My Math Forum What is the Standard Error Significance?

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 November 6th, 2017, 03:29 AM #1 Newbie   Joined: Nov 2017 From: Stockholm Posts: 8 Thanks: 0 What is the Standard Error Significance? Hi, I'm having a hard time really understanding what Standard Error is, why it's important and perhaps more importantly how to interpret the result. Or "Ok I have the result, what is it telling me about the data?"
 November 6th, 2017, 08:10 AM #2 Senior Member   Joined: Jun 2015 From: England Posts: 853 Thanks: 258 OK, so you understand that a sample and the actual population do not have the the same mean and variance or standard deviation? That is if we have a population with a true mean X and standard deviation s (sorry not greek letters) and we take a series of samples from it, each sample will have its own mean (X1_, X2_ X3_...) and standard deviation about that mean (s1_, s2_, s3_....). The standard deviation of the collection of sample means is called the standard error. The significance is that if the standard error is large the chances are that the mean of a given sample will not be close to the true population mean.
November 6th, 2017, 08:38 AM   #3
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Quote:
 Originally Posted by studiot OK, so you understand that a sample and the actual population do not have the the same mean and variance or standard deviation?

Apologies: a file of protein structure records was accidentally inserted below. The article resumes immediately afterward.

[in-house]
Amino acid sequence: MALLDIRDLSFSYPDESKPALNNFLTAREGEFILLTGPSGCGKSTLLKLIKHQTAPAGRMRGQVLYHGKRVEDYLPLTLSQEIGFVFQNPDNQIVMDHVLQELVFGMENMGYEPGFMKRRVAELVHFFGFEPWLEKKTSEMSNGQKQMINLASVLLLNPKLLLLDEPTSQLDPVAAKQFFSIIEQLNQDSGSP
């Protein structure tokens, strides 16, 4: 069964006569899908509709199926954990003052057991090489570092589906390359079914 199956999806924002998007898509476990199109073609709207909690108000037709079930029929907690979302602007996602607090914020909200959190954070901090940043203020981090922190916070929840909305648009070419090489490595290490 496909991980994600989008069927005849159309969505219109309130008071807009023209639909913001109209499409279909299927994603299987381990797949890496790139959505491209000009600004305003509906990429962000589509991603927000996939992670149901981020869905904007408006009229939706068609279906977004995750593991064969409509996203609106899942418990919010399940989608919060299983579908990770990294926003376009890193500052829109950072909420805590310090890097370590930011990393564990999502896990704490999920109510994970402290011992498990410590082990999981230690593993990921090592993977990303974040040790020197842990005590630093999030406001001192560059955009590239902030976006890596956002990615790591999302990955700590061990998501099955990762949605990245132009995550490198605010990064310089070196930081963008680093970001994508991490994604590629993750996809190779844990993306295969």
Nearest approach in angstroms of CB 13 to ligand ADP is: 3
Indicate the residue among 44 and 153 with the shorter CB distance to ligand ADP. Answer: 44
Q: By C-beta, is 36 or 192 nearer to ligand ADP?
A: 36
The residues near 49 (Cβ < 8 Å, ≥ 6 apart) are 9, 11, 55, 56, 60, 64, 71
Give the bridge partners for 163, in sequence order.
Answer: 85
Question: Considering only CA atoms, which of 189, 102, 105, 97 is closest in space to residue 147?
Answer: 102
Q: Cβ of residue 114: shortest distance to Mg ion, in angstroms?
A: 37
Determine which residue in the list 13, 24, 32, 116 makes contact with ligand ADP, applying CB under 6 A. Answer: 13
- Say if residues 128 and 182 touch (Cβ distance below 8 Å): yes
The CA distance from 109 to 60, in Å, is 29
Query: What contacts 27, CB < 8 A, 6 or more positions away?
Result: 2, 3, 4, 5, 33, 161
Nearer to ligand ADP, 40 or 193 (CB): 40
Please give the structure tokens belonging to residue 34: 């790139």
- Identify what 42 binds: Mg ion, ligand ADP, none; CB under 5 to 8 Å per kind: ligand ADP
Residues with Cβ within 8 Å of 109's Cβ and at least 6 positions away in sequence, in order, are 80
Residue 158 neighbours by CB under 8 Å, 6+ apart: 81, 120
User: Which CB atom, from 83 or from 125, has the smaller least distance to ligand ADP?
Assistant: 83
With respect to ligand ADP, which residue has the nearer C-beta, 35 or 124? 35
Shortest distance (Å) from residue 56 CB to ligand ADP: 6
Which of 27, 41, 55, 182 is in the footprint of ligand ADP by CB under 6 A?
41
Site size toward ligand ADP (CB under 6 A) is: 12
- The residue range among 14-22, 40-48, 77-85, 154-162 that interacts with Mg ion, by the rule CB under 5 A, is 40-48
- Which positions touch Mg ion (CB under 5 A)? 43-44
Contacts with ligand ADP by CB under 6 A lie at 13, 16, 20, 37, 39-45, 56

I know that there is a difference in regards to if we have the actual population or just a sample. The sample mean and variance is of course depending on our sample.

In regards to the variance it is a measure of the data spread around the mean. Ex. if it is large the mean is less representative value of the data and a small variance is more representative if I am not mistaken?

Quote:
 That is if we have a population with a true mean X and standard deviation s (sorry not greek letters) and we take a series of samples from it, each sample will have its own mean (X1_, X2_ X3_...) and standard deviation about that mean (s1_, s2_, s3_....).
No worries about the greek letters etc. Understanding this without them helps me understand better.

Quote:
 The standard deviation of the collection of sample means is called the standard error. The significance is that if the standard error is large the chances are that the mean of a given sample will not be close to the true population mean.
Ok so the Standard Error is like a confidence factor. Ie how much we can trust it to actually represent a true population mean. So a Standard Error of 0.00 means that we have found the true population mean and can be counted as such?

I guess a "Large" standard error differes depending on your actual data set or are there some praxises regarding ranges. like a 0.75 would mean large?

 November 6th, 2017, 11:38 AM #4 Senior Member   Joined: Jun 2015 From: England Posts: 853 Thanks: 258 Let us say you were testing the consistency (homogeny) of some cake mix. So you took samples from the left , right , front, back top and bottom of the bowl. Say the % fat is supposed to be 15 % and your samples indicated (the first 4 are the top and the second 4 the bottom) { 12, 15, 14, 14, 18, 21, 10, 12} which has a mean of 14.5. What does the above tell you about the mixing?